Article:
Risk categorization: Grouping risks by common root causes to develop effective responses.

Risk urgency: The risk ranking from your probability matrix combined with urgency can help place risks priorities.

Expert judgment: Professional opinions from people in the industry or with similar project experience.

In addition to looking at the qualities of risks, it is also important to quantify them. Most companies typically use a little of both techniques in their risk management strategies. Quantitative Risk Analysis

These methods are more about definitive measuring and probabilistic techniques. The greatest risk of all is the risk of losing money and you cannot use qualitative systems to count your cost. The following are a few simple ways in which organizations are counting their risks:

Probability distributions: Used in modeling and simulation to represent the uncertainty of values in things like task costs and labor.

Cost and Schedule risk analysis: Cost estimates and scheduling are used as input values that are chosen randomly for each iteration.

Sensitivity analysis: This is a simple technique to determine how much impact a risk poses to a project.

Expected Monetary Value analysis (EMV): Calculating the average outcome of scenarios that may or may not happen.

There are a multitude of methods to “count” risk during the analysis process. Once assessment has taken place, the final stages of planning must begin.


The question of “what are some risk management techniques?” should never pop up during this phase. At this point, you should already be familiar enough with mitigating risks, that the planning process is the easy part. This final step is more about getting ready for risk and continuous management. The following are some simple techniques that will smooth out the planning process for you:

Assessments and meetings: Ongoing risk assessments and status meetings should be scheduled for reassessment of current risks and the closing of risks. It should always be an agenda at status meetings and a continual topic of conversation.

Risk audits: Examining and documenting how effective current risk responses are is part of the auditing process. It also looks at the efficacy of the risk management process as a whole.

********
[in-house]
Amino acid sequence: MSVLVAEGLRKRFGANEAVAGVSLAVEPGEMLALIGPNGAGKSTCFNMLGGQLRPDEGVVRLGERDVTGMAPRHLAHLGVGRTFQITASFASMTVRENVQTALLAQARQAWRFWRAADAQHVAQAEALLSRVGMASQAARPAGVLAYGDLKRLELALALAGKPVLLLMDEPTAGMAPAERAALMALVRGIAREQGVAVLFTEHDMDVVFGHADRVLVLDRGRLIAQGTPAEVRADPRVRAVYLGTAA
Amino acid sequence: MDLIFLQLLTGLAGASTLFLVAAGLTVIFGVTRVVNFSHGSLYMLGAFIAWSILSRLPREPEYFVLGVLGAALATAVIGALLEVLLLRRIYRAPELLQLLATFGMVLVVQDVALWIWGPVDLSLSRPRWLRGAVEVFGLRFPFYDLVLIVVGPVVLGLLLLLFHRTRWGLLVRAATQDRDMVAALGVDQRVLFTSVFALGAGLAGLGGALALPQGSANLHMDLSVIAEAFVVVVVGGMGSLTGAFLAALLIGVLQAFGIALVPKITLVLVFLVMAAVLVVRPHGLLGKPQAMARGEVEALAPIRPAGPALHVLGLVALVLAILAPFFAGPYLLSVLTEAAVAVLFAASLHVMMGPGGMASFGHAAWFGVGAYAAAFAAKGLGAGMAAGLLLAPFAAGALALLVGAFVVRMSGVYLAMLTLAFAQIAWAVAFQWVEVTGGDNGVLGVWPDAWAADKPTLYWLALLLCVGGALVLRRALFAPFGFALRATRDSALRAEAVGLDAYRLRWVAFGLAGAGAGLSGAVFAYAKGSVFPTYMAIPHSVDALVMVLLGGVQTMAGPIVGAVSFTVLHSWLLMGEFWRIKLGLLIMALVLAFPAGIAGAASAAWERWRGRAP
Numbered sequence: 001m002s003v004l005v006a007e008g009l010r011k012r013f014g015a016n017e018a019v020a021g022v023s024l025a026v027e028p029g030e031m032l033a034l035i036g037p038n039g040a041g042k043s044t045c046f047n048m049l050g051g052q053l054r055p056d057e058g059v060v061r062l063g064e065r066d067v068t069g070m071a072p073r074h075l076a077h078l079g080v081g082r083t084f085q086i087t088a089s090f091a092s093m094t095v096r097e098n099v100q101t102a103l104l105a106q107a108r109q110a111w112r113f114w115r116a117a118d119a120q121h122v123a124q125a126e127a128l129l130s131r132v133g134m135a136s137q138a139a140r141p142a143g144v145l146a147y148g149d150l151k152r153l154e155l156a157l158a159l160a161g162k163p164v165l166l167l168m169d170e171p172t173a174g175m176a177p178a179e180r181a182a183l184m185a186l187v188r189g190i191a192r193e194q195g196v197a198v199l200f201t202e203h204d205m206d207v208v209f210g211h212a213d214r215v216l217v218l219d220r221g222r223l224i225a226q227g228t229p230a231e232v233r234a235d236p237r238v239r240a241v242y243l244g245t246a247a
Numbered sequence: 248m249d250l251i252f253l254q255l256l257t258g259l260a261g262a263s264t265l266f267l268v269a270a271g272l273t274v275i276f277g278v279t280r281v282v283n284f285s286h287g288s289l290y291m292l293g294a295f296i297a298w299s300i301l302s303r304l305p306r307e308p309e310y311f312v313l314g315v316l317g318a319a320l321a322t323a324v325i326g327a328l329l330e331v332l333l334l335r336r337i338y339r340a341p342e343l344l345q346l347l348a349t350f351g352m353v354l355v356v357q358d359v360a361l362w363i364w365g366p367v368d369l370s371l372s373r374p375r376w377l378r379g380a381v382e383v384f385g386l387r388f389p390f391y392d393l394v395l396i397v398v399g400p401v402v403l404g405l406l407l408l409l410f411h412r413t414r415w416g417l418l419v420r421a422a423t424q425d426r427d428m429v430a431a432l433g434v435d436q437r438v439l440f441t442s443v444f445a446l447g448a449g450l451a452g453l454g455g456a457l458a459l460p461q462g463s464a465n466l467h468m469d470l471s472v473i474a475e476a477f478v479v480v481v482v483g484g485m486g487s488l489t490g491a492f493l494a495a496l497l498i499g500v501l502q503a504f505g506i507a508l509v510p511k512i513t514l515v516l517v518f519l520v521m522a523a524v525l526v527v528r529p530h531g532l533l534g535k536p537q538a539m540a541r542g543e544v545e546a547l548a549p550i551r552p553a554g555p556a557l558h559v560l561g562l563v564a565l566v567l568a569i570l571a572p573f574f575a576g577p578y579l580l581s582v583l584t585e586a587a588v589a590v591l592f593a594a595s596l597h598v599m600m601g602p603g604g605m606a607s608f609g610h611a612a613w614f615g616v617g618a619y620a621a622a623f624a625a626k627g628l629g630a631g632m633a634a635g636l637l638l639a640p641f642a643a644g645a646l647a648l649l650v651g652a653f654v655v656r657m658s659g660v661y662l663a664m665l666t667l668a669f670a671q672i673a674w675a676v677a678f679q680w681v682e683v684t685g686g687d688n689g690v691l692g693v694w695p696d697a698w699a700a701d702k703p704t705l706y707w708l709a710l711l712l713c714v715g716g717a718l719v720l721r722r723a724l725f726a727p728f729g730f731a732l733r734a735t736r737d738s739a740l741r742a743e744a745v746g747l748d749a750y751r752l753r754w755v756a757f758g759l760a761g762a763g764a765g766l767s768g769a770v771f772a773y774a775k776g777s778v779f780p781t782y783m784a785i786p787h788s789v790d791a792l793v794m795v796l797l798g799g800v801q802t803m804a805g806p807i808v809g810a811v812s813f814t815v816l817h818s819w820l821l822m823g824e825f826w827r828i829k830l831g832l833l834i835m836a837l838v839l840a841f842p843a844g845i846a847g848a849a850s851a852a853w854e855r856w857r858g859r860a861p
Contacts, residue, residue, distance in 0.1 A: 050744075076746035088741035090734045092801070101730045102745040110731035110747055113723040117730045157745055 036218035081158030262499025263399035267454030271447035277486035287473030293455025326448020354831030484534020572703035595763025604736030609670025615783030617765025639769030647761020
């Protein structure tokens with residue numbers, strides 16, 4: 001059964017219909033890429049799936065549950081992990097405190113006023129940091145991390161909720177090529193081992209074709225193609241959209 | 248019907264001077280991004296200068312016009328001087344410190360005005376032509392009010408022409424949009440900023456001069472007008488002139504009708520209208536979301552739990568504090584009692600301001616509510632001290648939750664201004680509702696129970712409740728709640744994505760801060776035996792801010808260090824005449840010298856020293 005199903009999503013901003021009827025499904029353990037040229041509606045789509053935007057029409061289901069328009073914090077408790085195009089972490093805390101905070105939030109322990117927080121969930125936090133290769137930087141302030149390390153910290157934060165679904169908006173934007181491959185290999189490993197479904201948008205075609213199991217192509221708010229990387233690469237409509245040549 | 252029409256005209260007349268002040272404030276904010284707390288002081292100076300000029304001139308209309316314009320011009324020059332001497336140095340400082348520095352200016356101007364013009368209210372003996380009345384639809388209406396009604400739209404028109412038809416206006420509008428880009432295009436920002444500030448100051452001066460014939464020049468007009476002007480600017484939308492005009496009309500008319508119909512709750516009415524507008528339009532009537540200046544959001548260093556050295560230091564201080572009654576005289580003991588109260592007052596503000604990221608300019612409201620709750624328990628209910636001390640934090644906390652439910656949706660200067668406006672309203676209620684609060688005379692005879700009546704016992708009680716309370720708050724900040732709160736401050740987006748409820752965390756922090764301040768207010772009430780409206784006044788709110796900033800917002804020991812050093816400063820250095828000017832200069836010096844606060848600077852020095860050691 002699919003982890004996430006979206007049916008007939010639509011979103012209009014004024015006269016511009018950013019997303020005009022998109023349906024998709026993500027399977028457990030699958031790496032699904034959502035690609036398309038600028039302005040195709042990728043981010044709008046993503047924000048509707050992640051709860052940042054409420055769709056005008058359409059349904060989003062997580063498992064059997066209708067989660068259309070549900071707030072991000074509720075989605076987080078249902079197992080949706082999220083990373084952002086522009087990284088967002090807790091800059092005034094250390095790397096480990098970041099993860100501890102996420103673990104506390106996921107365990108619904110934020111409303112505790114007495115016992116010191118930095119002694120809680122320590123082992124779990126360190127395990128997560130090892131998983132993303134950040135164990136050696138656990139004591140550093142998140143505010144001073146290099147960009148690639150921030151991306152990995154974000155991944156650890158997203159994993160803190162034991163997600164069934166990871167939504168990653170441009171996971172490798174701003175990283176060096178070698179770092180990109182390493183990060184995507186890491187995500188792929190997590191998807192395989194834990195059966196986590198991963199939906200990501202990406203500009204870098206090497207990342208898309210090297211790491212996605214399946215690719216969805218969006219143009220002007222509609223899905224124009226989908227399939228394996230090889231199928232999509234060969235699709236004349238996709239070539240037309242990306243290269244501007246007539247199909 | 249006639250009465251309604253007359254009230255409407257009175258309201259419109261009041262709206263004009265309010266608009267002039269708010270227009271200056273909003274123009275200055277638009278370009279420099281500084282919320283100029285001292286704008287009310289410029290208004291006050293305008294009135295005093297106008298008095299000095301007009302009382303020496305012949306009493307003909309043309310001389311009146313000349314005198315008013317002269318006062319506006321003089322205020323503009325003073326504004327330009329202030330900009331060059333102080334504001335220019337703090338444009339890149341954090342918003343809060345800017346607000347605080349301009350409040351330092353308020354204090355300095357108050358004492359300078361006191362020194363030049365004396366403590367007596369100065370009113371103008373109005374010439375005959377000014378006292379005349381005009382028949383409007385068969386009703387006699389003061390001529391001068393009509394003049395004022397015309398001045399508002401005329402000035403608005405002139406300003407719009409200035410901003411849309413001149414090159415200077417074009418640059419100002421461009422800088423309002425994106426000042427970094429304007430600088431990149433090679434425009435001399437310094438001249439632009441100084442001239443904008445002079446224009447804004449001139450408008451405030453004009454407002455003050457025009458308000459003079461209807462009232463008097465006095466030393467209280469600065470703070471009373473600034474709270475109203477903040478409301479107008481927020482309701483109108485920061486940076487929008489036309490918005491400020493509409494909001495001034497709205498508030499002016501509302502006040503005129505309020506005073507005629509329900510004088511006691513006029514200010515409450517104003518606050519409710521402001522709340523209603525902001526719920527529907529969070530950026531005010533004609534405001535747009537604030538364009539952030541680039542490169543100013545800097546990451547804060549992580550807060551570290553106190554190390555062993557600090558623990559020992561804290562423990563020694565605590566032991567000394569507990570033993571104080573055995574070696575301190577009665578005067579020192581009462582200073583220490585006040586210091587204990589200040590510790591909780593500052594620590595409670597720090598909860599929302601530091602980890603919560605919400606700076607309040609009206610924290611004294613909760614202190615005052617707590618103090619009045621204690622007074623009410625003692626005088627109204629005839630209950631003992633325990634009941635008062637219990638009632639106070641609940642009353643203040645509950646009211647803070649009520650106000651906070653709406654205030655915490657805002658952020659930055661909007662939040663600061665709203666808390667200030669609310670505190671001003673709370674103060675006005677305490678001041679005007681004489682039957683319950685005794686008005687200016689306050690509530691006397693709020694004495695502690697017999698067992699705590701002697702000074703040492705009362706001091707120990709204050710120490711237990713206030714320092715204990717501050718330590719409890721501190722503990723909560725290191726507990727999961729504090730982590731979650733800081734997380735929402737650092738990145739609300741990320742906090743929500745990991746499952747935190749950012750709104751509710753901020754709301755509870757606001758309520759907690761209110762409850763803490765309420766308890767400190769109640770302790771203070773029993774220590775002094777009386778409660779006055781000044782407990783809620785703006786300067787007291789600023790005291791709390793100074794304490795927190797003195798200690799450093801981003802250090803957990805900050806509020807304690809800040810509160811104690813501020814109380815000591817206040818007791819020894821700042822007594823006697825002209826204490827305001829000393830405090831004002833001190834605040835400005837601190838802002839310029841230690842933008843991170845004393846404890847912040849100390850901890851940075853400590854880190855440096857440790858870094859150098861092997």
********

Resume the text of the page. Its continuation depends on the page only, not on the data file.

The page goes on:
Variance and Trend analysis: Comparing planned results to actual results using performance data to control and monitor risk events.

Technical performance measurement: Comparing technical accomplishments as the project is executed to what is on the main schedule.

Risk management isn’t just about understanding and knowing when risks may arise. It is also planning for them and establishing an ongoing process to continually mitigate risk. A savvy project manager understands that risk is always an element to consider, but it doesn’t have to be a surprise. Through keen identification, assessment and planning, the risk factor is properly mitigated and the project forges on successfully.

(Source: 12-10-2018)

One of the cornerstone models for understanding organizational change was developed by Kurt Lewin back in the 1940s, and still holds true today. His model is known as Unfreeze – Change – Refreeze, which refers to the three-stage process of change that he describes. Lewin, a physicist as well as a social scientist, explained organizational change using the analogy of changing the shape of a block of ice.

If you have a large cube of ice but realize that what you want is a cone of ice, what do you do? First you must melt the ice to make it amenable to change (unfreeze). Then you must mold the iced water into the shape you want (change). Finally, you must solidify the new shape (refreeze).

By looking at change as a process with distinct stages, you can prepare yourself for what is coming and make a plan to manage the transition – looking before you leap, so to speak. All too often, people go into change blindly, causing much unnecessary turmoil and chaos.